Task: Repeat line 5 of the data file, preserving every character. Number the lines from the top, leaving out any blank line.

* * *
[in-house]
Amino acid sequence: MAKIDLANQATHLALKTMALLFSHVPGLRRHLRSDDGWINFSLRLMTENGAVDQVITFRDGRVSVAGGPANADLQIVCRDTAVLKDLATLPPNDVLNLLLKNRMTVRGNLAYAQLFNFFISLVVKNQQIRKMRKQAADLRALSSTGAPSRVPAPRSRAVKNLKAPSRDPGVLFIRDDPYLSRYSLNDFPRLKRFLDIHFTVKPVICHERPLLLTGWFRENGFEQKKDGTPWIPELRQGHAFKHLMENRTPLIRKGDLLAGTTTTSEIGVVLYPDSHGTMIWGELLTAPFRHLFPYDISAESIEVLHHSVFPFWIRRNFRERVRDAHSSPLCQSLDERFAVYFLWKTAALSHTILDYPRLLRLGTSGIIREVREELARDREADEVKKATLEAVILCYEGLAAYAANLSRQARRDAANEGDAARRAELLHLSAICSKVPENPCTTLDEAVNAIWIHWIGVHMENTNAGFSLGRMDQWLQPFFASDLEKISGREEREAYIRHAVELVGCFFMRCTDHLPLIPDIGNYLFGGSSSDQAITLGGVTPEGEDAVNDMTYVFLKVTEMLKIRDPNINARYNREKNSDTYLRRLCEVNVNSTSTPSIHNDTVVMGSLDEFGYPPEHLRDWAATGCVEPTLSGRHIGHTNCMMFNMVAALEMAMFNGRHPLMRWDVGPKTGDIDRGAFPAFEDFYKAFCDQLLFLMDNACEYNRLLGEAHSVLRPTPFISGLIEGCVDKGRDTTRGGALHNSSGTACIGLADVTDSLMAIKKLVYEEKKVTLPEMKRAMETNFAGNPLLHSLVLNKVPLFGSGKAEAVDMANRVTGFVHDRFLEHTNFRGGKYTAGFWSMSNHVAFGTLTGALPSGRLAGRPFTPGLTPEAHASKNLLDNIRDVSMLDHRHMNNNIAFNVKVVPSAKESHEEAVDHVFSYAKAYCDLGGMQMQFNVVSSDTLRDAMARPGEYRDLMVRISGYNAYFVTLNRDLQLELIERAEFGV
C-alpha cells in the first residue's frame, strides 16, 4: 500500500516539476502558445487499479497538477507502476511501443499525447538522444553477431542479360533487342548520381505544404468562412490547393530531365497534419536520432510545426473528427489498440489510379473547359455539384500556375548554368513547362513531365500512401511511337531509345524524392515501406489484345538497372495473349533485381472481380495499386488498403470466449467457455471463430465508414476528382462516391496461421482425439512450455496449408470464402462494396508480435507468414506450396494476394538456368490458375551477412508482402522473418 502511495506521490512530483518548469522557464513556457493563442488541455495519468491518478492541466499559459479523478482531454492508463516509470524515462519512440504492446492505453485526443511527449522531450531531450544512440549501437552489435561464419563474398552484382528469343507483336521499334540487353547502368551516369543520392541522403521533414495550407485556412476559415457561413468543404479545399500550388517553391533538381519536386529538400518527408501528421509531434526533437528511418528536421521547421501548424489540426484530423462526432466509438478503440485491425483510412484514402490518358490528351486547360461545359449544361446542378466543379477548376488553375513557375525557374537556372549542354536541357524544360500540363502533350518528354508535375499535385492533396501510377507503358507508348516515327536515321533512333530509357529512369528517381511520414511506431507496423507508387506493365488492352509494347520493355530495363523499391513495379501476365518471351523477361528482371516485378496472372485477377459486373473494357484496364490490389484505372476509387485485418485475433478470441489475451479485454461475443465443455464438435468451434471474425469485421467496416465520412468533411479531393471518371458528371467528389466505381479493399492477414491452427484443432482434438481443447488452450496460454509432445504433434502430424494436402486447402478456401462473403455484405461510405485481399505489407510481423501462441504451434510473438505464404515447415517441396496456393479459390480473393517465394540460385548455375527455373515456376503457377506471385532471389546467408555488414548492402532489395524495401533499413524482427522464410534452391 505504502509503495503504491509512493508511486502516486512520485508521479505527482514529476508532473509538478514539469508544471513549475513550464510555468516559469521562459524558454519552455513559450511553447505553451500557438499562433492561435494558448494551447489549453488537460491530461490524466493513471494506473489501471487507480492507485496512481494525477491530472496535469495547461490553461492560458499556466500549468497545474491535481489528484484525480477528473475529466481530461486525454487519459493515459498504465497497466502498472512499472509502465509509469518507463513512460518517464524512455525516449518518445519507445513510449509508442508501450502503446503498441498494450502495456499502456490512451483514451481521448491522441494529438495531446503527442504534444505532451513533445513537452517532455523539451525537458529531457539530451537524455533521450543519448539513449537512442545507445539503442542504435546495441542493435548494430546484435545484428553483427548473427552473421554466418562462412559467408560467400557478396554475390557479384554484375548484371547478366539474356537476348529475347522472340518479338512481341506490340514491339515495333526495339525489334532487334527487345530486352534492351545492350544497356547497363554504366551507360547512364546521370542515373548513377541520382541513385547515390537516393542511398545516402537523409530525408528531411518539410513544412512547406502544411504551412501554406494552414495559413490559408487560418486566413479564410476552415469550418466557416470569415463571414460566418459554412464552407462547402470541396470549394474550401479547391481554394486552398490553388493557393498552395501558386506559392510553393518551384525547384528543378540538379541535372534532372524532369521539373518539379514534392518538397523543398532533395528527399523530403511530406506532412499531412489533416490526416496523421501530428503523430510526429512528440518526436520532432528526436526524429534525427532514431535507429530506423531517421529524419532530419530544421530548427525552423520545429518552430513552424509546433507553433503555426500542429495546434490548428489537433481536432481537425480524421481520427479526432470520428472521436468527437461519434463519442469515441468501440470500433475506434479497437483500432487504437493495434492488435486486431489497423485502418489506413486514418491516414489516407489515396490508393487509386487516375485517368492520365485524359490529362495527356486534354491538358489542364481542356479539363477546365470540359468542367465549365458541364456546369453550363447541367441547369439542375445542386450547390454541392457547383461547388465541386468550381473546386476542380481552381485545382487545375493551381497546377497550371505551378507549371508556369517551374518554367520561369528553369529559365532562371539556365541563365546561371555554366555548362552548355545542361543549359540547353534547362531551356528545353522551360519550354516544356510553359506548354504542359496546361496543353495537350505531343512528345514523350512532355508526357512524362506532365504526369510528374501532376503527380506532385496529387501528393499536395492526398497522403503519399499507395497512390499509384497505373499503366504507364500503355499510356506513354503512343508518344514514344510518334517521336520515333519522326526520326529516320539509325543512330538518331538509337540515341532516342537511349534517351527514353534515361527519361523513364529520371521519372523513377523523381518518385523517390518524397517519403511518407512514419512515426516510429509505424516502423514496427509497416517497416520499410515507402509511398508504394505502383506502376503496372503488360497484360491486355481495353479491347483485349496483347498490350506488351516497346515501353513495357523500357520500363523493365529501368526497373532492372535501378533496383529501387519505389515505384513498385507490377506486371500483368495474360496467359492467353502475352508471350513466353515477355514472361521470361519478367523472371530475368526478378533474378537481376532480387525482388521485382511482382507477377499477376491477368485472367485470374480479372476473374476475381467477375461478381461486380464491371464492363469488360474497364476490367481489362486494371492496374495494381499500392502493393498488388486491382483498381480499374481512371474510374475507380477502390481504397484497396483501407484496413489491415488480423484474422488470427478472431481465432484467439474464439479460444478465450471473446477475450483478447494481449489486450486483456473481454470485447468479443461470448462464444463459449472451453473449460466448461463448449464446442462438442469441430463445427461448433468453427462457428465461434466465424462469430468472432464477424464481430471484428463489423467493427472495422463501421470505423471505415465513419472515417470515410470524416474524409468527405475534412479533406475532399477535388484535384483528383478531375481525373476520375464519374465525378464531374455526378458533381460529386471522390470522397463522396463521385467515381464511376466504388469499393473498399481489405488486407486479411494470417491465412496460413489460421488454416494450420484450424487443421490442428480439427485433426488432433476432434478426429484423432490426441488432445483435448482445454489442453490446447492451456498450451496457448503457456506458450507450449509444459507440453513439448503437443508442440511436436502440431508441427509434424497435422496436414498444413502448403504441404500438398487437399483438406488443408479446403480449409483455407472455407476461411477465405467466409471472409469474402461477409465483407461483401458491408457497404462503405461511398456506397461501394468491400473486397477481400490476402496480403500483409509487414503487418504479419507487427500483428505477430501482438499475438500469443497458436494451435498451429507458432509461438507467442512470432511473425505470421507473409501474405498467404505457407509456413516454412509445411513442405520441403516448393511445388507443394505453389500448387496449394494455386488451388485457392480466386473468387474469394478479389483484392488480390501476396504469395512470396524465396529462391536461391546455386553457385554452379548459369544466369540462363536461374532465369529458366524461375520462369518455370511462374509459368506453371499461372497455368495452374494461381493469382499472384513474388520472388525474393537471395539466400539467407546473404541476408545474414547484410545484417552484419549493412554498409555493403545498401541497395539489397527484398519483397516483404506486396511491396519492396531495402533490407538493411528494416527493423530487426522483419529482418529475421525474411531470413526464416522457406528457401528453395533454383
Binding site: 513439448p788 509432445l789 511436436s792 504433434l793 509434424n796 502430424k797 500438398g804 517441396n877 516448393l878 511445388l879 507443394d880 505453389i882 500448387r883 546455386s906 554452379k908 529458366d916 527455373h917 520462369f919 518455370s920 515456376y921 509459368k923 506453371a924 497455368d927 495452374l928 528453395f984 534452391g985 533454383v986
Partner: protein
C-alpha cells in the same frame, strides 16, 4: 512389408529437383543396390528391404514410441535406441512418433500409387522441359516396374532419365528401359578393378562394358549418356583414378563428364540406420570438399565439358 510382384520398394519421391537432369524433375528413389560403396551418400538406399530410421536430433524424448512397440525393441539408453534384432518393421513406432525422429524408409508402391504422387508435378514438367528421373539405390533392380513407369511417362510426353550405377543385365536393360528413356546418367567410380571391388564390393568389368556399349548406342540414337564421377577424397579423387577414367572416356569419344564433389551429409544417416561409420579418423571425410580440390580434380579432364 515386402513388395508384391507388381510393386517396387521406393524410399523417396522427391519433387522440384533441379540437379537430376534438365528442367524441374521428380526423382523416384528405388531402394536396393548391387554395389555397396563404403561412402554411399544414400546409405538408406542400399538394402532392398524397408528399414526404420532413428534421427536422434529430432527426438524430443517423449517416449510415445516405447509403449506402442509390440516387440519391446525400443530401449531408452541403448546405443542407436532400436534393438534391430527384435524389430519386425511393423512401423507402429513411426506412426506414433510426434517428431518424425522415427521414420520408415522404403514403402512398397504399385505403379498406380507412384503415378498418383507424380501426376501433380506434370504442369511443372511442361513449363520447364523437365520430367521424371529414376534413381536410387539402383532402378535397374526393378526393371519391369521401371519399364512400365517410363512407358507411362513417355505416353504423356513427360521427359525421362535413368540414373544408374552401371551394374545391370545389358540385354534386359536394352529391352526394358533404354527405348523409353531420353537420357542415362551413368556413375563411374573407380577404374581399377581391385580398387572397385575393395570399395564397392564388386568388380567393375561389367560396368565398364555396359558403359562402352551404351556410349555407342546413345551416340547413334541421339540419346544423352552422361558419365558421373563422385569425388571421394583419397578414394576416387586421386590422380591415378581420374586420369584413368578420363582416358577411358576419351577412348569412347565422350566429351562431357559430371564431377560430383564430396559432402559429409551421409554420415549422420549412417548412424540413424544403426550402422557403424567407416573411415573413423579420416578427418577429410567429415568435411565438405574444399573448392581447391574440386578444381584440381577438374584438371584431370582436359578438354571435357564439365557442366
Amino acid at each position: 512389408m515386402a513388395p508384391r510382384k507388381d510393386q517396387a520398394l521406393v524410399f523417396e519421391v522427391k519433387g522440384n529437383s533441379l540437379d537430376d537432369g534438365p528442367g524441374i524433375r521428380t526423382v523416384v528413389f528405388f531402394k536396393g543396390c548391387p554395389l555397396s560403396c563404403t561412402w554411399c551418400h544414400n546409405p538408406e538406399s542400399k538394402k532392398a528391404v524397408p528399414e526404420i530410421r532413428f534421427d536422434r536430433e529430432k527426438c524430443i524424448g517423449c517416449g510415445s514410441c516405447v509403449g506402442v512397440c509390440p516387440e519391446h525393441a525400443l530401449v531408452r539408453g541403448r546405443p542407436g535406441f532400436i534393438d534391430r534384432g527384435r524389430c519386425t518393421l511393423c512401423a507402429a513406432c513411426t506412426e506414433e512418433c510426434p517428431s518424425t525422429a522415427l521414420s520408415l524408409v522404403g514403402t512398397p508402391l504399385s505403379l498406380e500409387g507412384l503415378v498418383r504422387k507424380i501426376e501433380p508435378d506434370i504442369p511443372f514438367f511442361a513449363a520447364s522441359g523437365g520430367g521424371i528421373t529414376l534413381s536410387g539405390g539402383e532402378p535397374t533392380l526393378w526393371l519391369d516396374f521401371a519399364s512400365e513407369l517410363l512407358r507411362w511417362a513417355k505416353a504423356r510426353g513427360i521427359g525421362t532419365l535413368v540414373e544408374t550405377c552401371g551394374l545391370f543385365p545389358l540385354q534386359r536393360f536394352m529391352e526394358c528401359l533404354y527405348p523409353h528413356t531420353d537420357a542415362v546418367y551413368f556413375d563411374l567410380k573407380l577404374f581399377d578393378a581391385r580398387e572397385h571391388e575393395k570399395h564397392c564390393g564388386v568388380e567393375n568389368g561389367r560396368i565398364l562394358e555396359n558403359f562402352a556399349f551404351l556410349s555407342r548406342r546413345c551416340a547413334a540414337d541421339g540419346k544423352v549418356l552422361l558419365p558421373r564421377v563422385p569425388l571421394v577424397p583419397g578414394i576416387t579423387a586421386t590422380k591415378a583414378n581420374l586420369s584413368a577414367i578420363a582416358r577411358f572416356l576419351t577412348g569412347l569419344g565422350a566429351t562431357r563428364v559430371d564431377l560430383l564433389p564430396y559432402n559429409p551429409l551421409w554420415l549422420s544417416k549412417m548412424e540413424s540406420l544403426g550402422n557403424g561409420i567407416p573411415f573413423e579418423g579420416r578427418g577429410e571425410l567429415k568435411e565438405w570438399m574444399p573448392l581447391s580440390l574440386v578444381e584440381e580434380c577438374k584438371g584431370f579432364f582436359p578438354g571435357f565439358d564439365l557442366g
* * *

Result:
Partner: protein